'Most of the people are now gone': Yellowknife nearly emptied as fire fight continues

YELLOWKNIFE — A wildfire that forced the evacuation of most of Yellowknife remained about 15 kilometres from the capital of the Northwest Territories on Saturday after some help from the weather.

Wildfire information officer Mike Westwick said the area received about four millimetres of rain overnight and cooler, damper weather over the past few days allowed crews to get some good fire suppression work done.

But he told a news conference late Saturday that temperatures are expected to climb up into the 20s on Sunday and the winds will pick up, meaning the break will be over.

"This fire's taken a nap. It's going to wake up and we've still got a serious situation to handle here," Westwick said.

An evacuation order was issued Wednesday night for the city of 20,000 people and most residents complied with a departure deadline of noon on Friday.

Territorial officials said Friday night that 19,000 people were out and about 2,600 remained -- 1,000 of them essential workers, including firefighters, emergency teams, utility workers and RCMP officers.

Environment and Climate Change Minister Shane Thompson told the news conference that over the last week, 68 per cent of the territory's population has been evacuated.

The last 39 hospital patients in Yellowknife's hospital were flown out Friday night on a Canadian Forces plane and transported to British Columbia, David Maguire with the N.W.T. Health and Social Services Authority said in an email.

Health and Social Services Minister Julie Green told the news conference that the hospital's emergency department remains open for firefighters and other essential workers, and she thanked other health-care workers who delayed their own departures in order to stay and help others.

Sadly, she said one patient died during the preparation for transport.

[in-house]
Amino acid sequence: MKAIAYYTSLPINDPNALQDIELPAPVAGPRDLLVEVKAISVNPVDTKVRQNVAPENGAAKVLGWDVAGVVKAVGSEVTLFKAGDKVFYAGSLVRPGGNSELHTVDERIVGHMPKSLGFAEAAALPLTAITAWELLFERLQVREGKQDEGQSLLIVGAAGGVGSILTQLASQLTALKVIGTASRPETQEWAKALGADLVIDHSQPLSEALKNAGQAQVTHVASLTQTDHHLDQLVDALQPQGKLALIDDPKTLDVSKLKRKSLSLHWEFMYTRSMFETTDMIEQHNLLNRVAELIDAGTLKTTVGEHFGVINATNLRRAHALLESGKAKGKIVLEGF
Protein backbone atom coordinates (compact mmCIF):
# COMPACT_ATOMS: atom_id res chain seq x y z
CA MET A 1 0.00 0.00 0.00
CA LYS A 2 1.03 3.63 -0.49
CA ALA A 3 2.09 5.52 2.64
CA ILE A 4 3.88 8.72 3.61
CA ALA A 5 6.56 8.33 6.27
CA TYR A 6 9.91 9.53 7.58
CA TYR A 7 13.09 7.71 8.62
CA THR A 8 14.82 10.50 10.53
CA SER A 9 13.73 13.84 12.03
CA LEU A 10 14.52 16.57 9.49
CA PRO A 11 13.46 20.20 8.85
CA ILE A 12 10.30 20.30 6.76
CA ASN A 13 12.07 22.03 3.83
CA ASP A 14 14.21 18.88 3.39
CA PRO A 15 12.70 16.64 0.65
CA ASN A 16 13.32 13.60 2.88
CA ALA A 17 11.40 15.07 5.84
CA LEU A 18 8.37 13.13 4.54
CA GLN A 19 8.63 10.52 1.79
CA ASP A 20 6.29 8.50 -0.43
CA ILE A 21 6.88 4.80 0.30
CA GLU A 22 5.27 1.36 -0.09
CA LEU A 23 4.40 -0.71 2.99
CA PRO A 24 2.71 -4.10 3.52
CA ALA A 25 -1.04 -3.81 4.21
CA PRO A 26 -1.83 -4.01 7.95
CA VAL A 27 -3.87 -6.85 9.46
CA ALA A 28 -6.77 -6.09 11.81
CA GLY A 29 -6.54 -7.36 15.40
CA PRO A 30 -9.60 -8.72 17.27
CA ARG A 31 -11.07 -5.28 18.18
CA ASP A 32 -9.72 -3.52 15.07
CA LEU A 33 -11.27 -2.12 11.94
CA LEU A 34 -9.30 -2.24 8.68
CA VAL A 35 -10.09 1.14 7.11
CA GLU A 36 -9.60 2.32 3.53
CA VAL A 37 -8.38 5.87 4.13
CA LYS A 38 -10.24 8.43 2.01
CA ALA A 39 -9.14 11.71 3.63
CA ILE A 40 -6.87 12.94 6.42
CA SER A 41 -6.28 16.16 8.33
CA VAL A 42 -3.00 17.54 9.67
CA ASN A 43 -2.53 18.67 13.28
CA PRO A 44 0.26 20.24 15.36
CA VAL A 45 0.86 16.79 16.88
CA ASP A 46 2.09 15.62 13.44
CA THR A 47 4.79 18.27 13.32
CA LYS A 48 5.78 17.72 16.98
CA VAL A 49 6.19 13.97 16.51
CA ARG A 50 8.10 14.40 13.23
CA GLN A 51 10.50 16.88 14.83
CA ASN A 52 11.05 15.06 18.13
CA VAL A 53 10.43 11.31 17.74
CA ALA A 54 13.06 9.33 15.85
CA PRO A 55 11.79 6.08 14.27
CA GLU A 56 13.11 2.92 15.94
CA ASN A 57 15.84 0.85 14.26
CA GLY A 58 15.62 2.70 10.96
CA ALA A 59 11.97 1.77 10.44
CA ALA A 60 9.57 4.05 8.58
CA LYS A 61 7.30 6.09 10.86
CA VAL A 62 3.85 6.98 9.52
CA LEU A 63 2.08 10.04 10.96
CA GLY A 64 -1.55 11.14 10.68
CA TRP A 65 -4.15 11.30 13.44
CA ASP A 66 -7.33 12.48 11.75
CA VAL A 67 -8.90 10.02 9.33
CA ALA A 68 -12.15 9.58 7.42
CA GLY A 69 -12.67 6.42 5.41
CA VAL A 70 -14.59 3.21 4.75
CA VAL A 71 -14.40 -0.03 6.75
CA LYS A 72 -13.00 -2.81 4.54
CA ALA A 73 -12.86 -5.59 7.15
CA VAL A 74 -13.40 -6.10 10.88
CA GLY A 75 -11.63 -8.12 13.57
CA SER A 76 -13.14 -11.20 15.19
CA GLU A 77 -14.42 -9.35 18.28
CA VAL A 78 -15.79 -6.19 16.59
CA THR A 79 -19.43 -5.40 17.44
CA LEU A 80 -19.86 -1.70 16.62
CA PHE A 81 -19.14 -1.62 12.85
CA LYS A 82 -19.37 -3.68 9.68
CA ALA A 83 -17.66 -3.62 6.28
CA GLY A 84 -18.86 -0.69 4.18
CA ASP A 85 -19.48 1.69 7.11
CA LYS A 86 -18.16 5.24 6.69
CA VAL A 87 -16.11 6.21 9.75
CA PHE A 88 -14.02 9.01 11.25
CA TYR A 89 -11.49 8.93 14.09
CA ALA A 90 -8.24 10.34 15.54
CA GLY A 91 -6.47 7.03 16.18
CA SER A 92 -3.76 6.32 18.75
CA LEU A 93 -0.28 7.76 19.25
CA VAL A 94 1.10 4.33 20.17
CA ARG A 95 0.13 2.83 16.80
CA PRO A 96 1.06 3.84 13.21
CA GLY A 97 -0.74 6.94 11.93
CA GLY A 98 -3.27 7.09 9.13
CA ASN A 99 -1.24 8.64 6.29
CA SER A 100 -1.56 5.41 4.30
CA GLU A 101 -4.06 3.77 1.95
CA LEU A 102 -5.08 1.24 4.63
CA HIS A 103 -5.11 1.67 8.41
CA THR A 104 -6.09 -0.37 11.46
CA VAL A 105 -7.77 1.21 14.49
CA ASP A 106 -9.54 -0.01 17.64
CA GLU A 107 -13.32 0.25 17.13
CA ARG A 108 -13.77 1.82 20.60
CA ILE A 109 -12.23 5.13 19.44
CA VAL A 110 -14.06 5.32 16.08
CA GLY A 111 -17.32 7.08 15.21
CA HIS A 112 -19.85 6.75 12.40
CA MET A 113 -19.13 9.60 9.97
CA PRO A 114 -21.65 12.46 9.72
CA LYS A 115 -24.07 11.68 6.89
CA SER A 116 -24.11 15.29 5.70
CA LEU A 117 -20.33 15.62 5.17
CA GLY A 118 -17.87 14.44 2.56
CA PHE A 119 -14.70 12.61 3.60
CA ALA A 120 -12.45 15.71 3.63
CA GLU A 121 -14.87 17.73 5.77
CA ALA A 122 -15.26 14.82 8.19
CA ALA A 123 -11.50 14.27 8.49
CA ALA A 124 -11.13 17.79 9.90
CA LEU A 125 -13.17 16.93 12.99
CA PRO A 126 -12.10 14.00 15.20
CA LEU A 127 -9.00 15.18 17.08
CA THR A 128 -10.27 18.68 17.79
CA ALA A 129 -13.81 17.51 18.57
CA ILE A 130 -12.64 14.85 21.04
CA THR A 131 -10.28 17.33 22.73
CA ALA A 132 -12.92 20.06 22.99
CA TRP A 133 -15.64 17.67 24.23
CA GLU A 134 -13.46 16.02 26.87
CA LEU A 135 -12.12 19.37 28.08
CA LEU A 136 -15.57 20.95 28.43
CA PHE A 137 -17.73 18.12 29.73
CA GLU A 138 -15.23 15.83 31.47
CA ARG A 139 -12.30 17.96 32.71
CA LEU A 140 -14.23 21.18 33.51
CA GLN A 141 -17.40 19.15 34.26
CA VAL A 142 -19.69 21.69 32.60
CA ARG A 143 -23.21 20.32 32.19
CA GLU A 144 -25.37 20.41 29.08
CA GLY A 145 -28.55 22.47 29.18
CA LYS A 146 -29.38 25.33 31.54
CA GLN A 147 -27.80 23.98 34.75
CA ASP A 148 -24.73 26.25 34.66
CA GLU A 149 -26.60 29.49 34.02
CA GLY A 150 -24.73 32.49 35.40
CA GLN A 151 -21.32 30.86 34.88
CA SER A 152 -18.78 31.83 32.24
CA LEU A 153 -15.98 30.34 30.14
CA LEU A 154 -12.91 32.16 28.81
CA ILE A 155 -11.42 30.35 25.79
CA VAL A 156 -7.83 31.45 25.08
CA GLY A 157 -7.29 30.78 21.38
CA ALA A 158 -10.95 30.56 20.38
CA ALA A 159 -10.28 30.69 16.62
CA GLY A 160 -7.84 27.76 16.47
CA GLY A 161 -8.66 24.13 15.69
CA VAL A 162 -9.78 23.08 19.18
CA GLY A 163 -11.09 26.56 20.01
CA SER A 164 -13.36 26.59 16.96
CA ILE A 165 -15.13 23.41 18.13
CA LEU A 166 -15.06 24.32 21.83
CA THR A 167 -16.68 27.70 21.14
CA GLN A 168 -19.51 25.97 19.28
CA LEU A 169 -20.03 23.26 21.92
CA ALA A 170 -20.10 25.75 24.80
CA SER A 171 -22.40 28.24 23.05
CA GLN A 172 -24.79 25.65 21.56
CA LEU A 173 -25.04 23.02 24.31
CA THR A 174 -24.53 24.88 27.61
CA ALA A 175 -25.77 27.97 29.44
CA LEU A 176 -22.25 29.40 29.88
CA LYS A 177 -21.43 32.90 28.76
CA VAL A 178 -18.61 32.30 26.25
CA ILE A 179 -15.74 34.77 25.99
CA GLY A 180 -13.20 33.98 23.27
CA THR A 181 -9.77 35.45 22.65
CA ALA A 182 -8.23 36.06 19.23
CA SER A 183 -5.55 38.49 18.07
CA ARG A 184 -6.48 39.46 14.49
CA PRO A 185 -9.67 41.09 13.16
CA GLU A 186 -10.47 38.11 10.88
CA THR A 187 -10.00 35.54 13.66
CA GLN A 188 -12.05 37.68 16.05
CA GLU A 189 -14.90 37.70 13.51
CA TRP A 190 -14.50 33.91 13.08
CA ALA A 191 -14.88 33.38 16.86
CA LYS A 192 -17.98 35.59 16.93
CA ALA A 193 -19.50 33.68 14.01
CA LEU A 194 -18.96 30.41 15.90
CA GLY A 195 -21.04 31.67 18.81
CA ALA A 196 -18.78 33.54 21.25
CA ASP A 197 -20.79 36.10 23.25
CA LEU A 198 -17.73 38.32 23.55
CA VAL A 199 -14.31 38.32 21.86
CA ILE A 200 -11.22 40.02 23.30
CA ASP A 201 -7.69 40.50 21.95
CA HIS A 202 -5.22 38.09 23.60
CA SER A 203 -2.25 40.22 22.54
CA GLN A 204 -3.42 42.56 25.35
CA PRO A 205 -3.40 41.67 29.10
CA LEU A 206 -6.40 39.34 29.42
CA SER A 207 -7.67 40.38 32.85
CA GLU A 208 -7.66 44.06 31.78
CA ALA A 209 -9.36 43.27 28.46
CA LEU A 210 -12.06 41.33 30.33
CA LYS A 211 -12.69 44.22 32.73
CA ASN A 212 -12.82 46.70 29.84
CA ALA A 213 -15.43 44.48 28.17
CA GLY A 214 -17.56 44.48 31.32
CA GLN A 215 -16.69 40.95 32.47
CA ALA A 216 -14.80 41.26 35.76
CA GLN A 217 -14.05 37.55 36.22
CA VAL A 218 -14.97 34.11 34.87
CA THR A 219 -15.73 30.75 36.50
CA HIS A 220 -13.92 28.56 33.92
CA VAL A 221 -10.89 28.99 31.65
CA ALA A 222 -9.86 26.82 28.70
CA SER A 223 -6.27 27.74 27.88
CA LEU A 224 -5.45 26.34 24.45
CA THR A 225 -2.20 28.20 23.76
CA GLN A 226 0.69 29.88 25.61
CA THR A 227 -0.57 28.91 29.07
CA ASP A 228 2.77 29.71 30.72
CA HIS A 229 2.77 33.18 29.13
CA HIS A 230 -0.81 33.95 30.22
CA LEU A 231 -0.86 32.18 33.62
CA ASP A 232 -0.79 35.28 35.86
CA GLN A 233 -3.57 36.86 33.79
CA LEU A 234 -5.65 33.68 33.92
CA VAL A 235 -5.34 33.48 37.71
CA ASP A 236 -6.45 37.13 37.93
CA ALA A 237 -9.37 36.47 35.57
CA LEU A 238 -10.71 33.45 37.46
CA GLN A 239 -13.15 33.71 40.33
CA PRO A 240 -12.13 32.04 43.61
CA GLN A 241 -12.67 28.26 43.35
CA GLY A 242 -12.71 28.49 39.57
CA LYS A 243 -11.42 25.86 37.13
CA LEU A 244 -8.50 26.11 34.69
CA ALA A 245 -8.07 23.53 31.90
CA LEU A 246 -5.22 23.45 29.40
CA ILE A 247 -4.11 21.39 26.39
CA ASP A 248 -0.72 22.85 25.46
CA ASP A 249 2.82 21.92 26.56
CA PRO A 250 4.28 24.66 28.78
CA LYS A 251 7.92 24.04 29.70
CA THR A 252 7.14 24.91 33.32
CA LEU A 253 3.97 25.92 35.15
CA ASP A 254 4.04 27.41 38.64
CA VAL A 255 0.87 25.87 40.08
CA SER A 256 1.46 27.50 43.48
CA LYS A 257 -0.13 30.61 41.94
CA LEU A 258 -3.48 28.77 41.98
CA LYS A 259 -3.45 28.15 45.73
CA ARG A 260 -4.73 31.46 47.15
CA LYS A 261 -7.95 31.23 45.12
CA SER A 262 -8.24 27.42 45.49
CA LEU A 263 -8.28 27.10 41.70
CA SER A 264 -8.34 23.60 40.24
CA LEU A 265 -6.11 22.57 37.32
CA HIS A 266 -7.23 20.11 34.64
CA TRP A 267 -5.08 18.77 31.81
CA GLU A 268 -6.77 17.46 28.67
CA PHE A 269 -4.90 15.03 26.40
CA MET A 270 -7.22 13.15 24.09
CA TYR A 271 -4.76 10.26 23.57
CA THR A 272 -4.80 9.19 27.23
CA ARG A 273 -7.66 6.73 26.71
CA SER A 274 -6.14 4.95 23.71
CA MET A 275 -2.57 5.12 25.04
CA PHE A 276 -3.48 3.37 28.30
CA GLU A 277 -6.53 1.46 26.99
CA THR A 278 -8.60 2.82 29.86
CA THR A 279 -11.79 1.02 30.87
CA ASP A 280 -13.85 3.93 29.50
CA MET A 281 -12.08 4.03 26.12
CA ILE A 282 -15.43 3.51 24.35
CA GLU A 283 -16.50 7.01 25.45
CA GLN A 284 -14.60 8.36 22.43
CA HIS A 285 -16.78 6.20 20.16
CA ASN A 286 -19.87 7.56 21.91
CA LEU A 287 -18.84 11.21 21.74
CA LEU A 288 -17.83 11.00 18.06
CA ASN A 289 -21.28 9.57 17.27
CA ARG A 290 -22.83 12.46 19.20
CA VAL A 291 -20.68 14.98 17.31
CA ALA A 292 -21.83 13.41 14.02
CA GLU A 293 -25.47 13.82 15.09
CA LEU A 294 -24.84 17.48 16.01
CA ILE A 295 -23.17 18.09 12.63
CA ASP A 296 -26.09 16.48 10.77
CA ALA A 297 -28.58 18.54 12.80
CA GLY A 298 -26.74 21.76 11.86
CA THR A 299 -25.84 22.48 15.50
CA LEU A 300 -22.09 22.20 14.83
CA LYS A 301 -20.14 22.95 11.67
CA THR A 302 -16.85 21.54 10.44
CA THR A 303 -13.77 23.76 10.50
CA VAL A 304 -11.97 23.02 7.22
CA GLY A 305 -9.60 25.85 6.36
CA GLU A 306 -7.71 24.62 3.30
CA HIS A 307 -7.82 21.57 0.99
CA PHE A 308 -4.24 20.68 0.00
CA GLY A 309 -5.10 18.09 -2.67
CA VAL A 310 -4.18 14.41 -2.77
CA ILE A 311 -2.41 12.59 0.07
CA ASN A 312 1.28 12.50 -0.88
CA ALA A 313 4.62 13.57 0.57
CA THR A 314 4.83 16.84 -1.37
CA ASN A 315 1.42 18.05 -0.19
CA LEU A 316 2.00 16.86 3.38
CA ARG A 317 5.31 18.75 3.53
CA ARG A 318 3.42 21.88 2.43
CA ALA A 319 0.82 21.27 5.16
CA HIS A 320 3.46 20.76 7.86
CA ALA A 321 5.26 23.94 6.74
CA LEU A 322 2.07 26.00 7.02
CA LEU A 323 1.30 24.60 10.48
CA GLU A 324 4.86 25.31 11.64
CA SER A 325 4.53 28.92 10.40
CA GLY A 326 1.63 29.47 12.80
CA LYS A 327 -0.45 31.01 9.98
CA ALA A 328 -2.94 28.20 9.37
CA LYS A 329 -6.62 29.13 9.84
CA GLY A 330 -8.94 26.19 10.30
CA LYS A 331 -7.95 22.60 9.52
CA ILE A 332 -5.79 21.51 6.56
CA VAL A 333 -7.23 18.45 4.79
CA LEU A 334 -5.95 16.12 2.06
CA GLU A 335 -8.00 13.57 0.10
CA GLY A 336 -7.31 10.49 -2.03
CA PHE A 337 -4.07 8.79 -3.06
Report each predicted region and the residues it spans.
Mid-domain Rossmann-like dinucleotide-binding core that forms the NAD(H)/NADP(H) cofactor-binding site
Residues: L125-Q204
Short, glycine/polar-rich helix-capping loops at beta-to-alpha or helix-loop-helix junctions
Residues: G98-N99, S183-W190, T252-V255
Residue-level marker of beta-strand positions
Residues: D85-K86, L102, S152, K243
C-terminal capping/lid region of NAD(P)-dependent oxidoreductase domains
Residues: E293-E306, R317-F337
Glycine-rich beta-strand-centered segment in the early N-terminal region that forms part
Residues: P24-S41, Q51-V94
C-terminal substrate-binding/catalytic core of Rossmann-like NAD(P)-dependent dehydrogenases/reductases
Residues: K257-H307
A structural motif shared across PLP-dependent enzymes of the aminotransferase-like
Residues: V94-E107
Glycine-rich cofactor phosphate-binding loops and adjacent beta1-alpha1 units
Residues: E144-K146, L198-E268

"This was an expected death. However, I want to send my personal condolences to his family as they grieve during this difficult time," Green said, adding that no other information about the person would be provided for confidentiality reasons.

Many evacuees have travelled to different areas of Alberta and up to 3,000 were being flown to Manitoba.

"The first flight with 15 people arrived early this morning," the Manitoba government said in a statement Saturday. "Evacuees are being welcomed at the Winnipeg James Armstrong Richardson International Airport, transported to a reception centre and then to their hotel accommodations."

There were 236 fires burning in the territory. In total, there have been 269 this year and they have burned more than 21,000 square kilometres -- roughly four times the size of Prince Edward Island. No deaths have been reported.

Seven other N.W.T. communities were also under evacuation orders, forcing thousands more people out of their homes.

In Yellowknife, gas stations, stores and restaurants were all closed.

“Yellowknife feels like a ghost town at the moment, that’s for sure,” said Vincent Meslage, an essential worker still in the city.

He and a friend spent the better part of Friday driving people to the airport to get on evacuation flights.

“There were some people that were still stressed out, other people remained calm,” he said. “At the end of the day, most of the people are now gone.”

Mayor Rebecca Alty said RCMP have brought in extra officers for patrols to prevent looting, and that they also appreciate reports from homeowners who spot suspicious activity on doorbell cameras.

No date has been set for anyone to return, which officials noted is frustrating and could be prompting some to post misinformation online.

"I want to know when we're going home," Premier Caroline Cochrane told the news conference Saturday.

"We have to make sure it is safe to go home."

This report by The Canadian Press was first published Aug. 19, 2023.

-- By Bill Graveland in Calgary and Rob Drinkwater in Edmonton

The Canadian Press